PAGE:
Gibberellic Acid Continues to Show Benefits

Josh McGill Citrus Expo, Fruit Drop, HLB Management

Researcher Tripti Vashisth has been telling citrus growers about the benefits of using gibberellic acid (GA) on citrus trees. At the Citrus & Specialty Crop Expo, the University of Florida Institute of Food and Agricultural Sciences horticulturist said GA continues to show efficacy, based on 2022 harvest numbers.

gibberellic acid

Vashisth’s Expo presentation included details from a 2016–2022 study of 10-year-old Valencia orange trees on Swingle rootstock. Trees were treated monthly with GA from September to January. She reported:

  • GA-treated trees dropped less fruit.
  • There was significant canopy growth on GA-treated trees.
  • GA increased fruit yields. GA-treated trees had higher yields in all six seasons. The highest GA yield of 282 pounds of fruit per tree came in 2018–19. Yield on control trees was 209 pounds of fruit per tree that season.
  • Trees treated with multiple GA applications produced more fruit.

The researcher also reported that GA reduces the number of flowers, enhances leaf and fruit growth and improves tree defense responses, among other benefits. She emphasized that the timing of GA applications and repeated applications are the keys to best results.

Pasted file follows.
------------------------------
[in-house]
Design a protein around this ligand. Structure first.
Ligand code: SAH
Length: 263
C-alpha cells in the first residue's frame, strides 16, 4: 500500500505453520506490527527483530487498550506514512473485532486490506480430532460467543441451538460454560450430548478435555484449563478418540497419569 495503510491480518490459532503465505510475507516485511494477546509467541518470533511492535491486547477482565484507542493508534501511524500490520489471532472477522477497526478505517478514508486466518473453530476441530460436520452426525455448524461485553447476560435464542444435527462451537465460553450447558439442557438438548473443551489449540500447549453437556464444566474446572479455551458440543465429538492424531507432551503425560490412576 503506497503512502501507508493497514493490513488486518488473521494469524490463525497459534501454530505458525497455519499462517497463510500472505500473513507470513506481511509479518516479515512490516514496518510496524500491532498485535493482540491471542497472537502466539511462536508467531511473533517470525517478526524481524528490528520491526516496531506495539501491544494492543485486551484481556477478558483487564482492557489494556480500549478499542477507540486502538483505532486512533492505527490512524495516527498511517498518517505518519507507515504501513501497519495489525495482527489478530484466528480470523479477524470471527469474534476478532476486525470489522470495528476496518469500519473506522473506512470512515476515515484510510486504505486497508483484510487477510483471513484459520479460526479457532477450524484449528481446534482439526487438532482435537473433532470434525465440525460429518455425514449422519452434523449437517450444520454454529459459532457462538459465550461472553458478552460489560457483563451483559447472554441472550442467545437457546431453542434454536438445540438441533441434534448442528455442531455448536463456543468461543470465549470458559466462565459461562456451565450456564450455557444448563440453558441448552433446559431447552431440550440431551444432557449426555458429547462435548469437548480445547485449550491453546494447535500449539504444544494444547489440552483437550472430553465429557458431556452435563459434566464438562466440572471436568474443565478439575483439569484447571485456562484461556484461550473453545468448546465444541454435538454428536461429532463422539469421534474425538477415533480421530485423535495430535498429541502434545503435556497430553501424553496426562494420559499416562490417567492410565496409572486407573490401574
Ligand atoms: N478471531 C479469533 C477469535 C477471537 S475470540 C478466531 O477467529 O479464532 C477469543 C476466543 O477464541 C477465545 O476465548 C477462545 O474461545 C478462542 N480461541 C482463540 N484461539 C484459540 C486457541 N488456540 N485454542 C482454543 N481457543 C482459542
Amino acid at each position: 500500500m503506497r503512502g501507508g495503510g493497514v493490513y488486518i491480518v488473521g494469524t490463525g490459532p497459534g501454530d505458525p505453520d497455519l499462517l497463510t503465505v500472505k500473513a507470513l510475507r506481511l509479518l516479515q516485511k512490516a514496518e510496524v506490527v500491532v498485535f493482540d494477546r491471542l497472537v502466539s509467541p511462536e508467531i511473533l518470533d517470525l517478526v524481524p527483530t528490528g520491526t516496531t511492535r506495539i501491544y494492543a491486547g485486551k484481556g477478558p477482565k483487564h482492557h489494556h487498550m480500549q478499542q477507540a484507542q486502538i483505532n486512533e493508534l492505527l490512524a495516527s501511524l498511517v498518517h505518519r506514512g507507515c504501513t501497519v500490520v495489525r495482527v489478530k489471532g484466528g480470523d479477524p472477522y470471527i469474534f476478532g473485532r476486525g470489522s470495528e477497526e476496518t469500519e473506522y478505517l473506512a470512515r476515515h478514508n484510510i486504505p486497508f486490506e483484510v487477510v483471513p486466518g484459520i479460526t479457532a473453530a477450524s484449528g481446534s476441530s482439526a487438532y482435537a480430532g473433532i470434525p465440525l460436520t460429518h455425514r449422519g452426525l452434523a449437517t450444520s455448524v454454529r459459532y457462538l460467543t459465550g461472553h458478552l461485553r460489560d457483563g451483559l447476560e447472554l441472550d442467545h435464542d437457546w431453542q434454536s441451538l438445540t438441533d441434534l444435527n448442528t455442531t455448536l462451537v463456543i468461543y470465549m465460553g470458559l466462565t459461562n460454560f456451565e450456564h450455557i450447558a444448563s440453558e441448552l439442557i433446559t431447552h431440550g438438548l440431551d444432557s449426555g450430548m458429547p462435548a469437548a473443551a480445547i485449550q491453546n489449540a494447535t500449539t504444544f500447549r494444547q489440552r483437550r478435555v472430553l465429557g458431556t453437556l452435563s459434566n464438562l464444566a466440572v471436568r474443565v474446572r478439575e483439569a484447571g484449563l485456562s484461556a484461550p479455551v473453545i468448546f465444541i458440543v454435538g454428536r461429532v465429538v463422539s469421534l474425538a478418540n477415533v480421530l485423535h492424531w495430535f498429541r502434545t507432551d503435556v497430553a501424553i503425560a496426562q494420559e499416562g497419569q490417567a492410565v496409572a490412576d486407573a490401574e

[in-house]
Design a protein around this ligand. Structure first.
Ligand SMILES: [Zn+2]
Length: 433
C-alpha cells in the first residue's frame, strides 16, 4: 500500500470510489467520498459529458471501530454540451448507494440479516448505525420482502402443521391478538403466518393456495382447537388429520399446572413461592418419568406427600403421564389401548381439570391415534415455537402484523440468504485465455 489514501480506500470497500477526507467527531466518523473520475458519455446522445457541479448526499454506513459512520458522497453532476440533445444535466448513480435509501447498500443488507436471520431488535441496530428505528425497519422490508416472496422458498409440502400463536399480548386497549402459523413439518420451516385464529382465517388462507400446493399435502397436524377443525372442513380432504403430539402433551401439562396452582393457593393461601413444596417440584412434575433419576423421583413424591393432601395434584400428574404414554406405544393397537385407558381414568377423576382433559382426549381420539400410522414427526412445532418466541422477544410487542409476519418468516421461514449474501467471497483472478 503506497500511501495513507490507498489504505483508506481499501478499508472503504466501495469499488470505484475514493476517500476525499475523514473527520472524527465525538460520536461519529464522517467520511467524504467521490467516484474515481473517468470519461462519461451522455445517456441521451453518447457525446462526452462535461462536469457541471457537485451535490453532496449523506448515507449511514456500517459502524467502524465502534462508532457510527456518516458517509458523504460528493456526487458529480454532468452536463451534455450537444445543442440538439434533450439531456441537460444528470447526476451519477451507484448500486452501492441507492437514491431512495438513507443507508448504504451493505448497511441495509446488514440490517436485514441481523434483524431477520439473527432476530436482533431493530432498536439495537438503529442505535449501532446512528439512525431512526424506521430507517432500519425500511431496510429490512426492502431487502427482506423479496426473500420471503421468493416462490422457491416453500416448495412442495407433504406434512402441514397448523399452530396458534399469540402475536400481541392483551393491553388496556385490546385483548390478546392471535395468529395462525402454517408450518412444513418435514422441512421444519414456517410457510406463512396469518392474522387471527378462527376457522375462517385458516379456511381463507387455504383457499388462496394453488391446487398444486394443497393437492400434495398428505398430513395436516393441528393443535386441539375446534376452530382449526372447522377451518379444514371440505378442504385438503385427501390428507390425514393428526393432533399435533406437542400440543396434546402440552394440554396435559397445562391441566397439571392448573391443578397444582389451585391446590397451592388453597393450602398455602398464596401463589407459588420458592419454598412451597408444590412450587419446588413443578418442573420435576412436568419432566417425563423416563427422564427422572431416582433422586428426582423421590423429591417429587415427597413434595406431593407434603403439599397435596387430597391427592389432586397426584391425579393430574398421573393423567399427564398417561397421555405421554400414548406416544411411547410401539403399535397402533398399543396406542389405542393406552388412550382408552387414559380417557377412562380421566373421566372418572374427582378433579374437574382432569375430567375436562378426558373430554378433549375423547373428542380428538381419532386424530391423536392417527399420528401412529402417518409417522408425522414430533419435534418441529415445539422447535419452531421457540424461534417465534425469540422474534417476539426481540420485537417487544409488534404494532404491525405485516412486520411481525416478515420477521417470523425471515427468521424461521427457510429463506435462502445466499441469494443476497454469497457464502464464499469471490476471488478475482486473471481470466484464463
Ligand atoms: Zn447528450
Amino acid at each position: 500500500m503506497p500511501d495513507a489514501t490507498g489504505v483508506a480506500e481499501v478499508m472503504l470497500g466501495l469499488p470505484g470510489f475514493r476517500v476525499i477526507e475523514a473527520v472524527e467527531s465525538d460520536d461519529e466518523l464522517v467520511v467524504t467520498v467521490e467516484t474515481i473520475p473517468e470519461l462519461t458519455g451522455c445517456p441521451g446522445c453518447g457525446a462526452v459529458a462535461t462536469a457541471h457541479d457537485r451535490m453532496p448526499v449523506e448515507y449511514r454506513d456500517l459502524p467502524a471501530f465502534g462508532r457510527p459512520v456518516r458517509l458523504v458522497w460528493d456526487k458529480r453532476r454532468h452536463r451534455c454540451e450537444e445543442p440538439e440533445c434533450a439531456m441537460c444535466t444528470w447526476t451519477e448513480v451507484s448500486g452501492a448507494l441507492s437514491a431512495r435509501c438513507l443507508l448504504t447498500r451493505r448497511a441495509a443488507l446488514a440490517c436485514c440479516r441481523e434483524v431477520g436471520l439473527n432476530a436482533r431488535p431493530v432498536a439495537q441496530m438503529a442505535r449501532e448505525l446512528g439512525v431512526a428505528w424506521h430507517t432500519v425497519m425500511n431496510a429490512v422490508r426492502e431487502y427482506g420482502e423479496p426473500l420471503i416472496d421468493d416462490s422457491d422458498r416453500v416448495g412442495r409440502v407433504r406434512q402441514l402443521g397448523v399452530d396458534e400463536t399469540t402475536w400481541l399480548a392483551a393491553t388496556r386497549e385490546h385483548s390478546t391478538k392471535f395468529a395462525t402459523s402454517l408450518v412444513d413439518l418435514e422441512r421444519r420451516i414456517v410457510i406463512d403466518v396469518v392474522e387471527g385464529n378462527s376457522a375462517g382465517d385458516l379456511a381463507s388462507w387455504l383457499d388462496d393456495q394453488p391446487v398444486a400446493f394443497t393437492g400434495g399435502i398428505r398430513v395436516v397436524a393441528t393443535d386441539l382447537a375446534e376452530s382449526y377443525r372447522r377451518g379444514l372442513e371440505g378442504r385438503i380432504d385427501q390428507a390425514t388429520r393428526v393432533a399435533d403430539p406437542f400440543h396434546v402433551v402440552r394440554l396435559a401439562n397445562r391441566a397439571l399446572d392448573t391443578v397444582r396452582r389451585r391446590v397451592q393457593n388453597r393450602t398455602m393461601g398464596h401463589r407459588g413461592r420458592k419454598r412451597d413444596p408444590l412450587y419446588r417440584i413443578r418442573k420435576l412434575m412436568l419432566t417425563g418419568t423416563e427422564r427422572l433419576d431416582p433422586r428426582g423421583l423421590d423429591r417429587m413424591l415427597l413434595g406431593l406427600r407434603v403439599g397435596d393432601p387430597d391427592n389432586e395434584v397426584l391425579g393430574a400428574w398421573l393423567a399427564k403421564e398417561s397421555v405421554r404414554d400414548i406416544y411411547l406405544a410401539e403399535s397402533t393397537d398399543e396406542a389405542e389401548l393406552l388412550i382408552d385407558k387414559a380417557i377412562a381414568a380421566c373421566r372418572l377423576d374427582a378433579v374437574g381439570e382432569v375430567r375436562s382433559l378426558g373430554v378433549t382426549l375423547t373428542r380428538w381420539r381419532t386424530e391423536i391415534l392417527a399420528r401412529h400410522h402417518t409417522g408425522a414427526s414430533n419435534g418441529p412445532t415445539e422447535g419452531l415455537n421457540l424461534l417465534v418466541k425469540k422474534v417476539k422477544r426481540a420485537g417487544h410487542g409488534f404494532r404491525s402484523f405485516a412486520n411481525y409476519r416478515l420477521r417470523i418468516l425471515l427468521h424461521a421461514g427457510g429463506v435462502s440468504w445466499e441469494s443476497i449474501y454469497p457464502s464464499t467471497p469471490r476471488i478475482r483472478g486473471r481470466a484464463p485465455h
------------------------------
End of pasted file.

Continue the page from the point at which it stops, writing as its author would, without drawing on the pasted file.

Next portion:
In Vashisth’s studies, the five-year average for fruit drop was lowest at 18% when trees were treated five times with GA from September to January. The five-year average fruit drop was:

  • 23% with four applications from September to December
  • 25% with three applications from September to November
  • 23% with two applications from September to October
  • 27% in a control without GA applications

Fruit drop has become one of the primary reasons Florida growers have experienced drastic yield reductions since HLB became widespread in the state.

Combining gibberellic acid and 2,4-D applications was also promising, Vashisth told the Citrus Expo audience. Learn more about the GA plus 2,4-D studies from another presentation Vashisth made after Expo.

About the Author

Ernie Neff

Senior Correspondent at Large

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